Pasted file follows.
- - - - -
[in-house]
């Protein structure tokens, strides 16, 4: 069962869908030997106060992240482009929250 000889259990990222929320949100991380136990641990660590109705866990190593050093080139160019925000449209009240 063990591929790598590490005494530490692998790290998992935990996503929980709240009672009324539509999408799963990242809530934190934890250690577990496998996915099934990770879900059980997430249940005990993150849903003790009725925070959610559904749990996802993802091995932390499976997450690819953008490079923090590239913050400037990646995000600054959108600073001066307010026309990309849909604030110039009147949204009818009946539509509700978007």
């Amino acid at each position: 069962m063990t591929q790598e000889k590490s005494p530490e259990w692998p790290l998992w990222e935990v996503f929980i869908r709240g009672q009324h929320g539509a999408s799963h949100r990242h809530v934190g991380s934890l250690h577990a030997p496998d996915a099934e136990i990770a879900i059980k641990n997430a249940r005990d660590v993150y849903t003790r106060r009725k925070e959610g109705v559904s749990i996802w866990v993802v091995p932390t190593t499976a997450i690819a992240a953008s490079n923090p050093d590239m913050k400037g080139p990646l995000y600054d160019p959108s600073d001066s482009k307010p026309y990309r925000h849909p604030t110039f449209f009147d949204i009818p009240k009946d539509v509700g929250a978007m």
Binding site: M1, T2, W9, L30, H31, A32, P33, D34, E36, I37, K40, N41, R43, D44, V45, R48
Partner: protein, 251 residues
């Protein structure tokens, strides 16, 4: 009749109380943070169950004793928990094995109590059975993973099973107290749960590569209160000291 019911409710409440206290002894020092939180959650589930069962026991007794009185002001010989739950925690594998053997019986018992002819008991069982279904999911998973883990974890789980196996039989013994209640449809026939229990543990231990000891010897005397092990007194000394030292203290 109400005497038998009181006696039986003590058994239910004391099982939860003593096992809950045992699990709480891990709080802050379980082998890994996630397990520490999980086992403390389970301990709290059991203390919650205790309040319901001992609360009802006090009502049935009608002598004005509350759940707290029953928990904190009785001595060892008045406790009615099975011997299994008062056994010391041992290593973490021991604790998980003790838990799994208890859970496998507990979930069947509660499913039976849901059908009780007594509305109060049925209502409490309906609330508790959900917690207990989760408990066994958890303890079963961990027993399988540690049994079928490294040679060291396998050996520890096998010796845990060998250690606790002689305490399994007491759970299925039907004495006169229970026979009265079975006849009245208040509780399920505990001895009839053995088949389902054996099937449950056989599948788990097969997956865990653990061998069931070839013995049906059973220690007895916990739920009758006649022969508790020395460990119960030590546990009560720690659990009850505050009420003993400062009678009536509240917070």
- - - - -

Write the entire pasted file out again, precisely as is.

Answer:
[in-house]
């Protein structure tokens, strides 16, 4: 069962869908030997106060992240482009929250 000889259990990222929320949100991380136990641990660590109705866990190593050093080139160019925000449209009240 063990591929790598590490005494530490692998790290998992935990996503929980709240009672009324539509999408799963990242809530934190934890250690577990496998996915099934990770879900059980997430249940005990993150849903003790009725925070959610559904749990996802993802091995932390499976997450690819953008490079923090590239913050400037990646995000600054959108600073001066307010026309990309849909604030110039009147949204009818009946539509509700978007």
């Amino acid at each position: 069962m063990t591929q790598e000889k590490s005494p530490e259990w692998p790290l998992w990222e935990v996503f929980i869908r709240g009672q009324h929320g539509a999408s799963h949100r990242h809530v934190g991380s934890l250690h577990a030997p496998d996915a099934e136990i990770a879900i059980k641990n997430a249940r005990d660590v993150y849903t003790r106060r009725k925070e959610g109705v559904s749990i996802w866990v993802v091995p932390t190593t499976a997450i690819a992240a953008s490079n923090p050093d590239m913050k400037g080139p990646l995000y600054d160019p959108s600073d001066s482009k307010p026309y990309r925000h849909p604030t110039f449209f009147d949204i009818p009240k009946d539509v509700g929250a978007m």
Binding site: M1, T2, W9, L30, H31, A32, P33, D34, E36, I37, K40, N41, R43, D44, V45, R48
Partner: protein, 251 residues
């Protein structure tokens, strides 16, 4: 009749109380943070169950004793928990094995109590059975993973099973107290749960590569209160000291 019911409710409440206290002894020092939180959650589930069962026991007794009185002001010989739950925690594998053997019986018992002819008991069982279904999911998973883990974890789980196996039989013994209640449809026939229990543990231990000891010897005397092990007194000394030292203290 109400005497038998009181006696039986003590058994239910004391099982939860003593096992809950045992699990709480891990709080802050379980082998890994996630397990520490999980086992403390389970301990709290059991203390919650205790309040319901001992609360009802006090009502049935009608002598004005509350759940707290029953928990904190009785001595060892008045406790009615099975011997299994008062056994010391041992290593973490021991604790998980003790838990799994208890859970496998507990979930069947509660499913039976849901059908009780007594509305109060049925209502409490309906609330508790959900917690207990989760408990066994958890303890079963961990027993399988540690049994079928490294040679060291396998050996520890096998010796845990060998250690606790002689305490399994007491759970299925039907004495006169229970026979009265079975006849009245208040509780399920505990001895009839053995088949389902054996099937449950056989599948788990097969997956865990653990061998069931070839013995049906059973220690007895916990739920009758006649022969508790020395460990119960030590546990009560720690659990009850505050009420003993400062009678009536509240917070």